In my opinion, if HD wants to reach that customer, they need to set up a separate dealership network. Keep the product lines entirely separated. That way, if a dealership wants to support the line, they need to invest in it. Not just put up some extra signage and shove the new bikes in a corner. Cuz that aint gonna work.

    Just my two cents. Ahhhhh, I feel so much better now.

  • Adrian

    Well, if they get produced in India, will that make the quality improve? I know the HD thing I had was a constant rolling POS. I don’t miss it. Plus, I don’t make a good Harley Pirate, as I insist on being ATGATT. Definitely a no-no in that crowd.
    If they can produce a good quality low cost entry bike that calls to a younger rider, I wish them all the best. (I won’t be holding my breath, however.)

    Love my Tiger. Would really love to add a Multistrada (despite the chicken beak). HD are not in my future.

  • M

    i think the big determining factor will be price. why would i buy a down-tuned/cheapened sportster (which i would definitely presume to be harley’s most likely product type in this range) made in india for, what, $5500 over, say, a cleveland misfit or ace primarily manufactured in china for ~$3500? my guess would be that the power/weight ratio would be very close and with the cleveland i wouldn’t have the disgusting feeling that i’m still lining the pockets of the assholes who niche-marketed american motorcycling into a moribund joke.

    • philn

      I was just thinking this while reading the article. HD wants to get the youngsters? Steal from cleveland and make an out-of-the-box cafe racer or rigid.

      And make some collaboration with a skateboard clothing brand.

      HD Insta-Hipster.

      • philn

        Ooooh …. And host demo days at Urban Outfitters, too!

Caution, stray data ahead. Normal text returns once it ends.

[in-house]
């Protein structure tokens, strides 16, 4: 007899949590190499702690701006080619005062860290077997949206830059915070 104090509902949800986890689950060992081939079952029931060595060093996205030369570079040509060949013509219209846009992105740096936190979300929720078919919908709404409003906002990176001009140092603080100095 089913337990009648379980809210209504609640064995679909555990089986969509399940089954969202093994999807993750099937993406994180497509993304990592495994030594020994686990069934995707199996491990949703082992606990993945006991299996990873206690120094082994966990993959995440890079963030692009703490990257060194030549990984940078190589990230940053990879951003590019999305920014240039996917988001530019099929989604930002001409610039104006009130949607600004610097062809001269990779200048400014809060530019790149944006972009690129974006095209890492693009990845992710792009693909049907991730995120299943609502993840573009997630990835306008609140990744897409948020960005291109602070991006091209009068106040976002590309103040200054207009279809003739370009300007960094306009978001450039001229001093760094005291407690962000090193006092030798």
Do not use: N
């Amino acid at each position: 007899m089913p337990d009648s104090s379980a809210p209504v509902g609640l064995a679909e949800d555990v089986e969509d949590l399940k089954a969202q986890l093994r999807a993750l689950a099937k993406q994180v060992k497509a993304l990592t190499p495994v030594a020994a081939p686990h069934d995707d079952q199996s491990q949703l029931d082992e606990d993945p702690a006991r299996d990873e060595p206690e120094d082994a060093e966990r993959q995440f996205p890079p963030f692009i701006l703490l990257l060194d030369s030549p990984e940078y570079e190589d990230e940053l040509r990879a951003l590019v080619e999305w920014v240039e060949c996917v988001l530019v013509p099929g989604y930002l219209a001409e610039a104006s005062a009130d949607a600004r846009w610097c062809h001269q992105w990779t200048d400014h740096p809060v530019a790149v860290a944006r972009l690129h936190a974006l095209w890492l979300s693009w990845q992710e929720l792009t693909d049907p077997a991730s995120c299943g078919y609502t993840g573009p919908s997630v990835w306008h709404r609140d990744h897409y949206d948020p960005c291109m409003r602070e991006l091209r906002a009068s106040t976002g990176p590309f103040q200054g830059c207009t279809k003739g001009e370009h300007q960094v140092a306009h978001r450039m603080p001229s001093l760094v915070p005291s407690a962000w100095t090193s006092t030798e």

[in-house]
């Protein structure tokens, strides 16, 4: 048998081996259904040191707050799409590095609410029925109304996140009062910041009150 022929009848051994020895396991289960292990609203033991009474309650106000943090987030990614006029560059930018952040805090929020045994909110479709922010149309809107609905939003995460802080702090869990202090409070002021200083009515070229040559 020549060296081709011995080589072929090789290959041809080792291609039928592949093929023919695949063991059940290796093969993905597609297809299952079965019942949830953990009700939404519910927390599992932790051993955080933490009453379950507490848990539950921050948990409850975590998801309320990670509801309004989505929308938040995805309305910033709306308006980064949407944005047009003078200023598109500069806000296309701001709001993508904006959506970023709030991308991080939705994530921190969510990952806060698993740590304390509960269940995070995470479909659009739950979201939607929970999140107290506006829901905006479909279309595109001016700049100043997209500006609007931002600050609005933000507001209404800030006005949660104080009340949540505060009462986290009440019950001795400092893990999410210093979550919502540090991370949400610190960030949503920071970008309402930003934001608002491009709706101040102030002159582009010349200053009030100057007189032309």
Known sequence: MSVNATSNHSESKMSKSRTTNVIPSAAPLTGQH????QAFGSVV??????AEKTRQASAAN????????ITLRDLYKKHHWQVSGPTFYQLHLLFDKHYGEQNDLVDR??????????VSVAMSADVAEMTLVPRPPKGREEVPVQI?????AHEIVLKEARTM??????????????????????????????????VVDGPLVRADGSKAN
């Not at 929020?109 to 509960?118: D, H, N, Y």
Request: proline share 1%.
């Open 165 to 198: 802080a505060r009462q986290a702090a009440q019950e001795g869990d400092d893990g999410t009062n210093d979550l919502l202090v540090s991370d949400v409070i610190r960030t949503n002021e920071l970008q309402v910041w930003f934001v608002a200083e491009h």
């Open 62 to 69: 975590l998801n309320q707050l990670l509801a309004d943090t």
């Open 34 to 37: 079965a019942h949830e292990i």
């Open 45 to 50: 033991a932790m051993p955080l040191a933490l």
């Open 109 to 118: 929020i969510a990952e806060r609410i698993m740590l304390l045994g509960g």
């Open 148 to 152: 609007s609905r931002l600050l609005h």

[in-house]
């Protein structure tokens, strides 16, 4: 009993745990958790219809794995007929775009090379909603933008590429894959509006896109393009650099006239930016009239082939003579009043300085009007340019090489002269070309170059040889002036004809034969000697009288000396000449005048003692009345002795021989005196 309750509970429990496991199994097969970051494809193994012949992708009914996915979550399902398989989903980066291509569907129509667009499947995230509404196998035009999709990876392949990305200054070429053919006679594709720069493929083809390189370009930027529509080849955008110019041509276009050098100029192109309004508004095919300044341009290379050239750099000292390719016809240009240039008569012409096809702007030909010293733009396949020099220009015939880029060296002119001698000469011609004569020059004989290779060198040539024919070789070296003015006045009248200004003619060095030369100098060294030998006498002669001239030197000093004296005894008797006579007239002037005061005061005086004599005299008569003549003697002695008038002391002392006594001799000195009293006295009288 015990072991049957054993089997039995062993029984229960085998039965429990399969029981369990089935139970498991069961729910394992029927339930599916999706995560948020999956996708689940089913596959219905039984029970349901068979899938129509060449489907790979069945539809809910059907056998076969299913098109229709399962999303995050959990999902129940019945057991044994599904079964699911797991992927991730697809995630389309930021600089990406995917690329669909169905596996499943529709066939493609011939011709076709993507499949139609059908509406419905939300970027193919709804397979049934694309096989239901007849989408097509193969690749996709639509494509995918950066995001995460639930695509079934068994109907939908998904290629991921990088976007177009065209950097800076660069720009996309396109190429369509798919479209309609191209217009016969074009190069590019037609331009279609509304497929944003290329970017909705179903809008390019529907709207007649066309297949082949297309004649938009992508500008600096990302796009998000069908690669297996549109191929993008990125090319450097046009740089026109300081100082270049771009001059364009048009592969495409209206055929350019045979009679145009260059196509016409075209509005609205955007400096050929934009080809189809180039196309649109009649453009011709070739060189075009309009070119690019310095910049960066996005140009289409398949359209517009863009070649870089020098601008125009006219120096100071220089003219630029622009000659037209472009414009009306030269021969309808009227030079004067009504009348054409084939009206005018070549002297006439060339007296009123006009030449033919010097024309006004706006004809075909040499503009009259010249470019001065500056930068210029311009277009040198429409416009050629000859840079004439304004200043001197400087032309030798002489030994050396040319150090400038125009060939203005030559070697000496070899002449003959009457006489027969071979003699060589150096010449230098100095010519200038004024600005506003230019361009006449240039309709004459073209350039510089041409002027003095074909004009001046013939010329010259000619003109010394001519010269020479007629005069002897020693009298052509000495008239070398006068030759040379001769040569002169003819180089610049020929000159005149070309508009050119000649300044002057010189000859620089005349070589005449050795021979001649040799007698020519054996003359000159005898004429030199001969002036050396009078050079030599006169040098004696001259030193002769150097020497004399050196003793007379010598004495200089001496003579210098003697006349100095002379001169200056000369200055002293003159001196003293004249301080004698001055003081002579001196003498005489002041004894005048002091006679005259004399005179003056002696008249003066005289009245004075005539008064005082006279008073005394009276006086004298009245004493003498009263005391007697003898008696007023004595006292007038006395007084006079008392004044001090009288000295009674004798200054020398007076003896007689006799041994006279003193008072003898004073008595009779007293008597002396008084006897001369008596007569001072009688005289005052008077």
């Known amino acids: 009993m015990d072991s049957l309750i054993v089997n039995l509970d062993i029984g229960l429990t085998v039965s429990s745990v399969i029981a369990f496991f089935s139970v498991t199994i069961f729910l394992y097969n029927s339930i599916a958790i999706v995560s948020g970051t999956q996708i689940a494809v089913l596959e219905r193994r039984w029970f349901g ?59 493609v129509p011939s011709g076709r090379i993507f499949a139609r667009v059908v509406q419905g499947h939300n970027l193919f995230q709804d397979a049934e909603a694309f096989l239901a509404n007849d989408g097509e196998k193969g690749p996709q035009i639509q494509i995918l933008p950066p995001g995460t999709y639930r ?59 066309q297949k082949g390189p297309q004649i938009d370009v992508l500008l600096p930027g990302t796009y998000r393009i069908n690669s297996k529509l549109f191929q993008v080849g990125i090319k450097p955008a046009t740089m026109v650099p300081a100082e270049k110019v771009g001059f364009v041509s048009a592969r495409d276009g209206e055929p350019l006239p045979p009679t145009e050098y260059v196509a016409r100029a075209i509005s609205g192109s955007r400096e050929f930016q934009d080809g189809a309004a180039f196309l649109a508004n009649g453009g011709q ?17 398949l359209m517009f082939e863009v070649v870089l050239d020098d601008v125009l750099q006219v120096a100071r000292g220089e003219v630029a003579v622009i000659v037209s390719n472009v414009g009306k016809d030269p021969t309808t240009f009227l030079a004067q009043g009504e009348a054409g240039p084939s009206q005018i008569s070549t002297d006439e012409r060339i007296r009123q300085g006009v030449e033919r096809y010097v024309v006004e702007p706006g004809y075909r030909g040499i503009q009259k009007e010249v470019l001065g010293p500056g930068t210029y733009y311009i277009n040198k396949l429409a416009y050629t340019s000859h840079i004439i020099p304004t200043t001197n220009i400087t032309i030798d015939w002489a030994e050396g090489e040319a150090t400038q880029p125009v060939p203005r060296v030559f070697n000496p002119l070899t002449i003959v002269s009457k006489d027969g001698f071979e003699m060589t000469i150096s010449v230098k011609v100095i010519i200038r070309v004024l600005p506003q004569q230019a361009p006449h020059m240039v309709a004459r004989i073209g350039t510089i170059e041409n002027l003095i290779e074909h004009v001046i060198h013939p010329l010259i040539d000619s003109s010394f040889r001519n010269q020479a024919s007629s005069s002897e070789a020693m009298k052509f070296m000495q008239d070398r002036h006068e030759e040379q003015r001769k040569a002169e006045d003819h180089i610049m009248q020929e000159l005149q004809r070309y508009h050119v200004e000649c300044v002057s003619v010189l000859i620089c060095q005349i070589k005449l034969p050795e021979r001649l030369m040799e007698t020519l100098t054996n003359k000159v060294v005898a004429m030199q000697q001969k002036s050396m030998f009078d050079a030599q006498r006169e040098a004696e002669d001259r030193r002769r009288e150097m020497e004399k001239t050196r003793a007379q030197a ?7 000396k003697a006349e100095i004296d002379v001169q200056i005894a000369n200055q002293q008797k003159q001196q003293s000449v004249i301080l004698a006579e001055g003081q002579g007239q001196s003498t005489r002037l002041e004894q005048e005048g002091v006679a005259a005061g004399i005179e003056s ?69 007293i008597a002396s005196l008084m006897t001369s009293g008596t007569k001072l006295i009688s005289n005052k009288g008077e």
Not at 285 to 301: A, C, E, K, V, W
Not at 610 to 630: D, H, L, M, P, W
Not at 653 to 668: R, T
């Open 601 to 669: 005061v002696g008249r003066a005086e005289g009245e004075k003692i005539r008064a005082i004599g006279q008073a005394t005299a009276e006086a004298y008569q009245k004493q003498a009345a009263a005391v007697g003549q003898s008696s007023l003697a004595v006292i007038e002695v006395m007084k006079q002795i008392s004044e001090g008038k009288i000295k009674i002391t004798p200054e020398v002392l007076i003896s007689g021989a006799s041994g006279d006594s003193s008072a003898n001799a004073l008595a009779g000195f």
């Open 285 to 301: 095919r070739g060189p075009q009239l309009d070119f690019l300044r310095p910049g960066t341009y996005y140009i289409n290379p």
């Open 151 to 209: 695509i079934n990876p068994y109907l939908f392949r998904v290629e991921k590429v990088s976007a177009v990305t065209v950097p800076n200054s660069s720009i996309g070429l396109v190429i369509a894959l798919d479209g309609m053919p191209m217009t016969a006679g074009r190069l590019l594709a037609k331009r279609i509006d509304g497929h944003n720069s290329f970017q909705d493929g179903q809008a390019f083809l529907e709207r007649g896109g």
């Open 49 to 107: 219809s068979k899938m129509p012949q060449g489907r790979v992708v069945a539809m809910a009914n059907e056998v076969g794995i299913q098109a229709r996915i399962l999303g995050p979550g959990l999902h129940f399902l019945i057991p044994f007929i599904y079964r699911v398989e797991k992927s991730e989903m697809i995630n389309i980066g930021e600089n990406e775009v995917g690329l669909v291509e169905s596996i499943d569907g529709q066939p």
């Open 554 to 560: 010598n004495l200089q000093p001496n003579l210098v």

• Richard

          Or Zumies

      • http://www.facebook.com/cheese302 Cheese302

        well actually the sad part is, this could work. Bring out a nice little cafe joint, market it to true young cyclists, and show the positives of motorcycling in cities, and make gear that appeals to them. why not, i mean it could introduce new squids, but i was one at one point too.

  • jason McCrash

    Oh yeah, my local HD dealer started carrying Triumph (next nearest Triumph dealer is 30 miles away) and Royal Enfield (no idea where else you can buy one locally). Both within the last year.

    • M

      this. one of the two in my city started selling bmws and vespas. from the looks of it, they’re selling, better, too. started out with a begrudging sign in the parking lot and a couple adventure bikes visible in the showroom. now, they’ve got huge bmw and vespa signs on the building and a big tent sale every weekend where the roll out tons of bimmers and sooters. even scoped a used piaggio mp3 up on a pedestal. the times: they are a-chaingin’.

      • jason McCrash

        Sadly the parts and service depts aren’t. The HD place sells Kawi and Honda too, but don’t ask about parts for them unless you went online and found the part number yourself. Actually the other local dealer (Honda, Kawi & Yamaha) suck in that area too.

  • rohorn

    Suddenly I get a creepy feeling we’ll see orchestrated “Occupy Harley Dealer” scenes protesting against the 1%ers (Oooh, the irony)…just in time to roll out, well, heck if I know or care.

    • Archer